Above waveguide 106, first collimating film 116 has first prism structure 118 with peaks 120 pointed toward waveguide 106 and first grooved structures 122 on the window side of first prism structure 118. The peaks of linear prisms on first collimating film 116 can run parallel to light source 102. First grooved structure 122 has base planes 124 and plateaus 126 that are in parallel with peaks 120 to provide a non-smooth structured surface. Base planes 124 and plateaus 126 are connected by walls 128 Walls 128 can be substantially perpendicular to base planes 124 and plateaus 126, which includes walls 128 that can be a few degrees off perpendicular to either base planes and plateaus. Also, the walls can be curved. Base planes and plateaus are substantially parallel but not coplanar. Above first collimating film 116, second collimating film 130 has second grooved structure 132 and second prism structure 134. Peaks 136 of second prism structure 134 point away from waveguide 106. Second grooved structure 132 has base planes 138 and plateaus 140 which are in parallel with peaks 136 to provide a non-smooth structured surface. Base planes 138 and plateaus 140 are connected by walls 142. Base planes and plateaus are substantially parallel but not coplanar. The peaks 136 of second prism structure 134 can be oriented in a non-parallel direction to peaks 120 of first prism structure 118. Another orientation is ninety degrees.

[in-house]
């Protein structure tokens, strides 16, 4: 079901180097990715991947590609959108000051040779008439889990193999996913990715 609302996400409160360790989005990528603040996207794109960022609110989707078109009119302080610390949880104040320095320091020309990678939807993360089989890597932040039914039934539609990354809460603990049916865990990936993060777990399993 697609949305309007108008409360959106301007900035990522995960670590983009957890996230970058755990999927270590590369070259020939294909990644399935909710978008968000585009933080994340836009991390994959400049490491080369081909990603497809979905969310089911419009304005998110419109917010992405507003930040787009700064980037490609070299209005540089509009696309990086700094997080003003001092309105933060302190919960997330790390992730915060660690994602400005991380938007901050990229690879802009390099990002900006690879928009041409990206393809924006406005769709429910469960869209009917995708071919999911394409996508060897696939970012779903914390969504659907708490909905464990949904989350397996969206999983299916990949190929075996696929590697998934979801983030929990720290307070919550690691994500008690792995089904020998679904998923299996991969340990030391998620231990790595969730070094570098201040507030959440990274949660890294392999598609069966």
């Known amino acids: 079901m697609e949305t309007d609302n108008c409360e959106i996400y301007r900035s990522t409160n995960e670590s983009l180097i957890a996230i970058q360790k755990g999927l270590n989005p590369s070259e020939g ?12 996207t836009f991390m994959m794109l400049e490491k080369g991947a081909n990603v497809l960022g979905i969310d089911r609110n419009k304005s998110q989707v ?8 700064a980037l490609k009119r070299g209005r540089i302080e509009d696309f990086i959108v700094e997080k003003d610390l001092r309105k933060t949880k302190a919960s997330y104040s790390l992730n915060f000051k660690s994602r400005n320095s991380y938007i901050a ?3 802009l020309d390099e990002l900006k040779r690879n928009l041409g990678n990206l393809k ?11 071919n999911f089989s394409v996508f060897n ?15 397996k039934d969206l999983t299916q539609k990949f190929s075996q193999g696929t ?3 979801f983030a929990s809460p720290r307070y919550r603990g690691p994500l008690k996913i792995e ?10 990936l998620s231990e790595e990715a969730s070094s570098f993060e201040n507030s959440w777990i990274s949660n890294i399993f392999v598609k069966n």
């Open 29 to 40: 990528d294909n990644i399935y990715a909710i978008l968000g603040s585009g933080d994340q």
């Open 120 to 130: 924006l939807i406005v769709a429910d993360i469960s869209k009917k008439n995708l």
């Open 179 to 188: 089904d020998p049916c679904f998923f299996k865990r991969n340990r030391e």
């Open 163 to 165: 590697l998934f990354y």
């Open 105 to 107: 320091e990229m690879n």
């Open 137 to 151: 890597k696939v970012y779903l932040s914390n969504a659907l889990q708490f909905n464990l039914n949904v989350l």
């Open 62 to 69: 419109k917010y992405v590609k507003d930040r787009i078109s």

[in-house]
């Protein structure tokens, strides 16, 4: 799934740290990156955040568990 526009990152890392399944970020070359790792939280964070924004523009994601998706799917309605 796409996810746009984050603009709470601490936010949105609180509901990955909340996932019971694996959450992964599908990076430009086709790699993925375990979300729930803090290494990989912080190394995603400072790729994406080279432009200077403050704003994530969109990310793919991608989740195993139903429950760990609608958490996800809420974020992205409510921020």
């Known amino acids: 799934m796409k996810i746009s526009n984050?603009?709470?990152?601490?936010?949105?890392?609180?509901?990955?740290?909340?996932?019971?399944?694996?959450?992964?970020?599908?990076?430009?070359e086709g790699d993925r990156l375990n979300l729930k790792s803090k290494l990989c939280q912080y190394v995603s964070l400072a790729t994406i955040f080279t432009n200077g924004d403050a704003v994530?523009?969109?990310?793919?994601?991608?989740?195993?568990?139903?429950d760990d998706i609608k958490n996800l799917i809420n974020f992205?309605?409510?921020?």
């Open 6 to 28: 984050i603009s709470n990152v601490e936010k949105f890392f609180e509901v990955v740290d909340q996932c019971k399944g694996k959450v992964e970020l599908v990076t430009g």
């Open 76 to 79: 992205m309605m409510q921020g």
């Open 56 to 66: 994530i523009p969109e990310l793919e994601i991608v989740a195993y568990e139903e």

In one embodiment, first grooved structures 122 are oriented in parallel to the peaks of the linear prisms on first collimating film 116. In one embodiment, angle (∝) of the linear prisms on first collimating film 116 is about eighty-eight degrees. In another embodiment, angle (∝) is about eighty-nine degrees.

Second grooved structure 132 can be oriented in parallel relative to the peaks of second collimating film 130. In one embodiment, angle (∝) of the linear prisms on the collimating film 116 is about eighty-eight degrees. In another embodiment, angle (∝) is about eighty-nine degrees or alternatively, eighty-nine degrees. Grooved structures 122, 132 are oriented about in parallel relative to the linear prisms of respective collimating films 116, 130.

In the embodiment having eighty-eight degree linear prisms on collimating films 116, 130 with grooved structures 122, 132 oriented at about ninety degrees relative to respective linear prisms, a performance comparable to commercially available brightness enhancing films having ninety degree prisms has been achieved.

In the embodiment having eighty-nine degree linear prisms on collimating films 116, 130 with grooved structures 122, 132 oriented about in parallel relative to respective linear prisms, a two to three percent performance increase over commercially available brightness films having ninety degree prisms can be achieved.